By Michael Bashtach
Environmentalist lawyers have been pushing a legal theory that would give the Environmental Protection Agency cover to regulate every facet of state energy policy — effectively eliminating states’ authority to craft their own regulations.
“Buried in the Clean Air Act is an extremely powerful mechanism that effectively gives EPA carte blanche to tell states to make drastic cuts to their emissions,” Brian Potts, a partner at the law firm Foley & Lardner wrote in Politico Monday.
“This provision, which can now be used thanks to the completion of the Paris climate deal, raises important questions about national sovereignty and states’ rights — questions that Republicans would undoubtedly use to try and kill such a proposal,” Potts wrote. “But the benefits of using this mechanism dwarf those concerns.”
Potts is referring to Section 115 of the Clean Air Act. Liberal legal scholars argue the Paris global warming treaty has triggered this little-known provision of federal law, and now the EPA can launch a full takeover of states’ environmental regulatory agendas.
Section 115 of the Clean Air Act provides an untapped but potent opportunity for achieving many of the United States’ long-term climate change goals,” 13 liberal legal experts wrote in a January brief published by the Institute for Policy Integrity.
Several lawyers working for various environmental law groups want the EPA to use this provision to implement a nationwide cap-and-trade system. Ever since the defeat of cap-and-trade in Congress in 2010, environmentalists have been looking for legal loopholes for the EPA to use to unilaterally impose cap-and-trade on the U.S.economy.
“EPA and the states could implement a Section 115 regime with less difficulty than the current … approach,” the lawyers wrote, “and could instead combine multiple sectors and source types in a single rulemaking that could establish a nationwide, market-based emissions reduction program.”
‘We Saw This Coming’
Attorney Chris Horner isn’t surprised by the arguments coming from these environmental law groups. Horner says President Barack Obama has always sought to use the United Nations agreement in Paris to further his regulatory agenda.
“As we have made plain all along to any who cared to listen, the administration’s intention behind agreeing to the Paris deal was quite transparently to create an argument and a trap for successive congresses and administrations to impose ever-tighter EPA energy rationing rules in the name of catastrophic man-made global warming,” Horner, an attorney with the Energy & Environmental Legal Institute, told The Daily Caller News Foundation.
Horner has led the charge against the EPA’s so-called Clean Power Plan, filing lawsuits and uncovering emails showing the agency’s cozy relationship with environmental activists hoping to push more regulations on businesses. Now, Horner has turned his attention to uncovering the legal implications of Obama’s agreeing to cut U.S. emissions.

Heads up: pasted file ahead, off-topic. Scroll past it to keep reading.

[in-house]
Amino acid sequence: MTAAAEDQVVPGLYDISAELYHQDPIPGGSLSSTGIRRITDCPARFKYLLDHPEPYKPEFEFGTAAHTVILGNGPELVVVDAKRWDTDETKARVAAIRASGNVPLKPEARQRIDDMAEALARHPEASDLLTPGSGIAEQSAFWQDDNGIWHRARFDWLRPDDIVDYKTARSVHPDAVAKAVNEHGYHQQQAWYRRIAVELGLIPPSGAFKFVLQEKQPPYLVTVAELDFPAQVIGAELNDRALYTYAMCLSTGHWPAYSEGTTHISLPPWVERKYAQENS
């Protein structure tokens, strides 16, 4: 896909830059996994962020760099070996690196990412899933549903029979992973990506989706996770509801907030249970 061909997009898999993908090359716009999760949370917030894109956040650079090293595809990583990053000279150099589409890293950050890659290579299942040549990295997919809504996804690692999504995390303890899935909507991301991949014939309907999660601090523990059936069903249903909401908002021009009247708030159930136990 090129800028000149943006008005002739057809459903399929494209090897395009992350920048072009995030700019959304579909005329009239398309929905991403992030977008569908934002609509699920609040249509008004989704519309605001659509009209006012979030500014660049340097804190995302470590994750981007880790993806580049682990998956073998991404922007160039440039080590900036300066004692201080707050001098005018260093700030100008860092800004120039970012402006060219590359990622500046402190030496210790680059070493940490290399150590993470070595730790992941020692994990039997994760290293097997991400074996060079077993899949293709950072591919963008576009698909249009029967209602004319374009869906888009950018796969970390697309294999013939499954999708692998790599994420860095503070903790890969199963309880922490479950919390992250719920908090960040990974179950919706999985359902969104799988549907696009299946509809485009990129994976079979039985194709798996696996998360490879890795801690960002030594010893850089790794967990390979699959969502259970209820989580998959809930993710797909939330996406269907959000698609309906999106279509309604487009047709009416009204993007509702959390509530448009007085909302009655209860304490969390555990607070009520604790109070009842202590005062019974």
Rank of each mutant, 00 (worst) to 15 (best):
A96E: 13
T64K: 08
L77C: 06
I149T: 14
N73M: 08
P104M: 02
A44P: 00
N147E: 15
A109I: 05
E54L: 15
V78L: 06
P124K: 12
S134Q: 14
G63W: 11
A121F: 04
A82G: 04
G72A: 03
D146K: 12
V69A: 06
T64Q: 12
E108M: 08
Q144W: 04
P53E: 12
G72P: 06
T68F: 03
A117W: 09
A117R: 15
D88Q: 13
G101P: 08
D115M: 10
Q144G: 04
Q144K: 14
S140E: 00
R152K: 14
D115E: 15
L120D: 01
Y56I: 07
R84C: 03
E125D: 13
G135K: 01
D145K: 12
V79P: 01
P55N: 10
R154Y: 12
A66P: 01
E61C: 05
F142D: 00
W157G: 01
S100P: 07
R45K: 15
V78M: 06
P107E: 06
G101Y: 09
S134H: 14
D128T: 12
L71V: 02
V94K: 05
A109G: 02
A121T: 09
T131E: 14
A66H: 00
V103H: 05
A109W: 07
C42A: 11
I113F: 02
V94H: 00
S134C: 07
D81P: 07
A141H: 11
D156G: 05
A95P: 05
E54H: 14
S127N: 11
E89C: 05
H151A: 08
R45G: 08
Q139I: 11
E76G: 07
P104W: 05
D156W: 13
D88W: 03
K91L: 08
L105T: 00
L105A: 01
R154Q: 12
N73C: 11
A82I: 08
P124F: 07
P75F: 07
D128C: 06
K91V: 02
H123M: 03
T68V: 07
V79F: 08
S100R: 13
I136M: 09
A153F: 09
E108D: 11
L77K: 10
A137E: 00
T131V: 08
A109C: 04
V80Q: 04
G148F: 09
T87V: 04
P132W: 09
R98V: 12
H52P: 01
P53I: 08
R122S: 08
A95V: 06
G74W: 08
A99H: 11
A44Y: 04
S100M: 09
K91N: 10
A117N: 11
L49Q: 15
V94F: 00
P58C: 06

“Unlike previous global warming treaties like Kyoto, which had a finite life, Paris — which obviously a treaty on its face — includes an evergreen provision promising new rules every five years,” Horner said, adding the Obama administration is already using the Paris agreement as legal precedent to block challenges by states to EPA rules.
“Going forward, expect those arguments in court and in the media echo chamber to help shield EPA’s rules, and to compel more rules every five years,” Horner said. “‘We’ve promised the world!’ Except, only Obama promised them.”
The Path To EPA Rule
Legal scholars say there are two conditions that need to be satisfied before the EPA can take over state regulatory decisions.
First, EPA needs findings from an international agency showing American pollution is harming public health in other countries. Carbon dioxide, the main greenhouse gas blamed for global warming, has been listed as a pollutant by the EPA.
“The many reports put out by the United Nations’ Intergovernmental Panel on Climate Change over the past few decades meet this requirement,” Potts argued. “The U.S. is one of the top greenhouse gas emitters in the world, and its pollution undoubtedly endangers public health and welfare in many other countries.”
Next, EPA must show a foreign country that’s harmed by U.S. emissions has given America “essentially the same rights with respect to the prevention … of air pollution occurring in that country,” according to Potts. This is where the recent United Nations agreement comes into play.
“The Paris agreement satisfies this reciprocity requirement because there are now nearly 190 countries planning to reduce their emissions, at least in part, to protect one another’s health and welfare,” Potts wrote.
Potts even argued the fact that the Paris agreement isn’t legally-binding doesn’t matter. In his words, “nothing in Section 115 requires such enforceability.”
But the Paris agreement can still be derailed by the Senate, even though it’s not seen as a traditional treaty. The Senate can still assert its constitutional power over treaties to derail the agreement before Obama signs it.
“It is the complete failure by the Senate Committee on Foreign Relations to do its job, choosing instead by inaction to cede its shared constitutional role in the treaty process to be one that exists at the pleasure of the president,” Horner said. “Now it is time for others to take over.”
“If the Senate as a whole does not provide its Art. II ‘advice’ — that Paris requires ‘consent’ to mean anything to anyone — prior to the president’s planned “Mother Earth Day” signature, we might as well disband the committee and agree with Sec. Kerry that the treaty process is dead, that binding us into perpetual, unpopular schemes is now a unilateral function of the executive,” he added.